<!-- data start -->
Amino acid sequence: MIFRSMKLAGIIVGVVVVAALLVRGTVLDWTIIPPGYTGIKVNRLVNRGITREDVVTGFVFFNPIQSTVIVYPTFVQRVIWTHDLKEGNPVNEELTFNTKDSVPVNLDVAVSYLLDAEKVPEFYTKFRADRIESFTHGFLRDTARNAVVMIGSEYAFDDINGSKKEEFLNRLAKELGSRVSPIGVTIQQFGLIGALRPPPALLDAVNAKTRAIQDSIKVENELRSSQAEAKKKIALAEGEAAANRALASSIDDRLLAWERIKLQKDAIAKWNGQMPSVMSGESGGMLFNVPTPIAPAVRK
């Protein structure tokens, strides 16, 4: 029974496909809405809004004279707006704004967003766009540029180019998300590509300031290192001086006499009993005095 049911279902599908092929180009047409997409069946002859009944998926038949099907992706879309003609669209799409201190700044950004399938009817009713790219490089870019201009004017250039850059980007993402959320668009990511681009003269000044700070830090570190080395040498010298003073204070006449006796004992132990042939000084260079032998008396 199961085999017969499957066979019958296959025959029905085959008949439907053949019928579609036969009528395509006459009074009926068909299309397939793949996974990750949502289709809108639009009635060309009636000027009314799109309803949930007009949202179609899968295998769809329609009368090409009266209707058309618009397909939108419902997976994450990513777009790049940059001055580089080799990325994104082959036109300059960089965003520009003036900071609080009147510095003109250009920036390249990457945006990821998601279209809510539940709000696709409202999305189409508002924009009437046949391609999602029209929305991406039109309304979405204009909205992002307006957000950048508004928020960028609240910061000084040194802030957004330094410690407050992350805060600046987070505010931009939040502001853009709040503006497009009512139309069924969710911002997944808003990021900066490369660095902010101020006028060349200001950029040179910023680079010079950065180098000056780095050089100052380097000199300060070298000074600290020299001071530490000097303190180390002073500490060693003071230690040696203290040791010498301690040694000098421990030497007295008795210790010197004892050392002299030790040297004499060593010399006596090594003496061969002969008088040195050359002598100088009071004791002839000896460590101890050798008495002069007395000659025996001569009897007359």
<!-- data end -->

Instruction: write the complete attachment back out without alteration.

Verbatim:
Amino acid sequence: MIFRSMKLAGIIVGVVVVAALLVRGTVLDWTIIPPGYTGIKVNRLVNRGITREDVVTGFVFFNPIQSTVIVYPTFVQRVIWTHDLKEGNPVNEELTFNTKDSVPVNLDVAVSYLLDAEKVPEFYTKFRADRIESFTHGFLRDTARNAVVMIGSEYAFDDINGSKKEEFLNRLAKELGSRVSPIGVTIQQFGLIGALRPPPALLDAVNAKTRAIQDSIKVENELRSSQAEAKKKIALAEGEAAANRALASSIDDRLLAWERIKLQKDAIAKWNGQMPSVMSGESGGMLFNVPTPIAPAVRK
């Protein structure tokens, strides 16, 4: 029974496909809405809004004279707006704004967003766009540029180019998300590509300031290192001086006499009993005095 049911279902599908092929180009047409997409069946002859009944998926038949099907992706879309003609669209799409201190700044950004399938009817009713790219490089870019201009004017250039850059980007993402959320668009990511681009003269000044700070830090570190080395040498010298003073204070006449006796004992132990042939000084260079032998008396 199961085999017969499957066979019958296959025959029905085959008949439907053949019928579609036969009528395509006459009074009926068909299309397939793949996974990750949502289709809108639009009635060309009636000027009314799109309803949930007009949202179609899968295998769809329609009368090409009266209707058309618009397909939108419902997976994450990513777009790049940059001055580089080799990325994104082959036109300059960089965003520009003036900071609080009147510095003109250009920036390249990457945006990821998601279209809510539940709000696709409202999305189409508002924009009437046949391609999602029209929305991406039109309304979405204009909205992002307006957000950048508004928020960028609240910061000084040194802030957004330094410690407050992350805060600046987070505010931009939040502001853009709040503006497009009512139309069924969710911002997944808003990021900066490369660095902010101020006028060349200001950029040179910023680079010079950065180098000056780095050089100052380097000199300060070298000074600290020299001071530490000097303190180390002073500490060693003071230690040696203290040791010498301690040694000098421990030497007295008795210790010197004892050392002299030790040297004499060593010399006596090594003496061969002969008088040195050359002598100088009071004791002839000896460590101890050798008495002069007395000659025996001569009897007359």